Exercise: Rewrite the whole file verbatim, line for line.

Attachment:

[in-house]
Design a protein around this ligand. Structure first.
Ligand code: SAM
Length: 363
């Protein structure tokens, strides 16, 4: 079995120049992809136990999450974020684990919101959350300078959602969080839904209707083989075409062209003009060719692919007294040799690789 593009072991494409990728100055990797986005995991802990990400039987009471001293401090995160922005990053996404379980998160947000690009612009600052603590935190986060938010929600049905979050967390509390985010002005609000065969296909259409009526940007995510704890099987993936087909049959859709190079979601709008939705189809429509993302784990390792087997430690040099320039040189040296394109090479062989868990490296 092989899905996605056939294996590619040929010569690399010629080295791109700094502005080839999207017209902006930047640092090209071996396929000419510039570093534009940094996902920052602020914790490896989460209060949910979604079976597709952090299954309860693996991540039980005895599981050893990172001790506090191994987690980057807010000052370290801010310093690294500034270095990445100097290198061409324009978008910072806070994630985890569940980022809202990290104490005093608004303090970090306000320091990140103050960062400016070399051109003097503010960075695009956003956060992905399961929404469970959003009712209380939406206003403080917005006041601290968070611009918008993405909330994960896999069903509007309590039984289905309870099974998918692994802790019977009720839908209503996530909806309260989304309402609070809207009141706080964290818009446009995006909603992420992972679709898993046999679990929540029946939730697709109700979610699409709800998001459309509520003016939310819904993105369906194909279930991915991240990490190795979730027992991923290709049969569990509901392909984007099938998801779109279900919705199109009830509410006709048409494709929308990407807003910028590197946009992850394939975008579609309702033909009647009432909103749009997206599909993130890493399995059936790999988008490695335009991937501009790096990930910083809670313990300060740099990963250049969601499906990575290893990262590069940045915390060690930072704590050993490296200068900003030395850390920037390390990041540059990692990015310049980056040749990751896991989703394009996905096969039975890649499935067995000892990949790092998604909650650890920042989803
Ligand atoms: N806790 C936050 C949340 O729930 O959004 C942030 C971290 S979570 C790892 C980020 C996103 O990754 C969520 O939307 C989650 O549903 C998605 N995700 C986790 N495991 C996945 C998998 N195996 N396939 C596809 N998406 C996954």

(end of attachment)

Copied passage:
[in-house]
Design a protein around this ligand. Structure first.
Ligand code: SAM
Length: 363
């Protein structure tokens, strides 16, 4: 079995120049992809136990999450974020684990919101959350300078959602969080839904209707083989075409062209003009060719692919007294040799690789 593009072991494409990728100055990797986005995991802990990400039987009471001293401090995160922005990053996404379980998160947000690009612009600052603590935190986060938010929600049905979050967390509390985010002005609000065969296909259409009526940007995510704890099987993936087909049959859709190079979601709008939705189809429509993302784990390792087997430690040099320039040189040296394109090479062989868990490296 092989899905996605056939294996590619040929010569690399010629080295791109700094502005080839999207017209902006930047640092090209071996396929000419510039570093534009940094996902920052602020914790490896989460209060949910979604079976597709952090299954309860693996991540039980005895599981050893990172001790506090191994987690980057807010000052370290801010310093690294500034270095990445100097290198061409324009978008910072806070994630985890569940980022809202990290104490005093608004303090970090306000320091990140103050960062400016070399051109003097503010960075695009956003956060992905399961929404469970959003009712209380939406206003403080917005006041601290968070611009918008993405909330994960896999069903509007309590039984289905309870099974998918692994802790019977009720839908209503996530909806309260989304309402609070809207009141706080964290818009446009995006909603992420992972679709898993046999679990929540029946939730697709109700979610699409709800998001459309509520003016939310819904993105369906194909279930991915991240990490190795979730027992991923290709049969569990509901392909984007099938998801779109279900919705199109009830509410006709048409494709929308990407807003910028590197946009992850394939975008579609309702033909009647009432909103749009997206599909993130890493399995059936790999988008490695335009991937501009790096990930910083809670313990300060740099990963250049969601499906990575290893990262590069940045915390060690930072704590050993490296200068900003030395850390920037390390990041540059990692990015310049980056040749990751896991989703394009996905096969039975890649499935067995000892990949790092998604909650650890920042989803
Ligand atoms: N806790 C936050 C949340 O729930 O959004 C942030 C971290 S979570 C790892 C980020 C996103 O990754 C969520 O939307 C989650 O549903 C998605 N995700 C986790 N495991 C996945 C998998 N195996 N396939 C596809 N998406 C996954």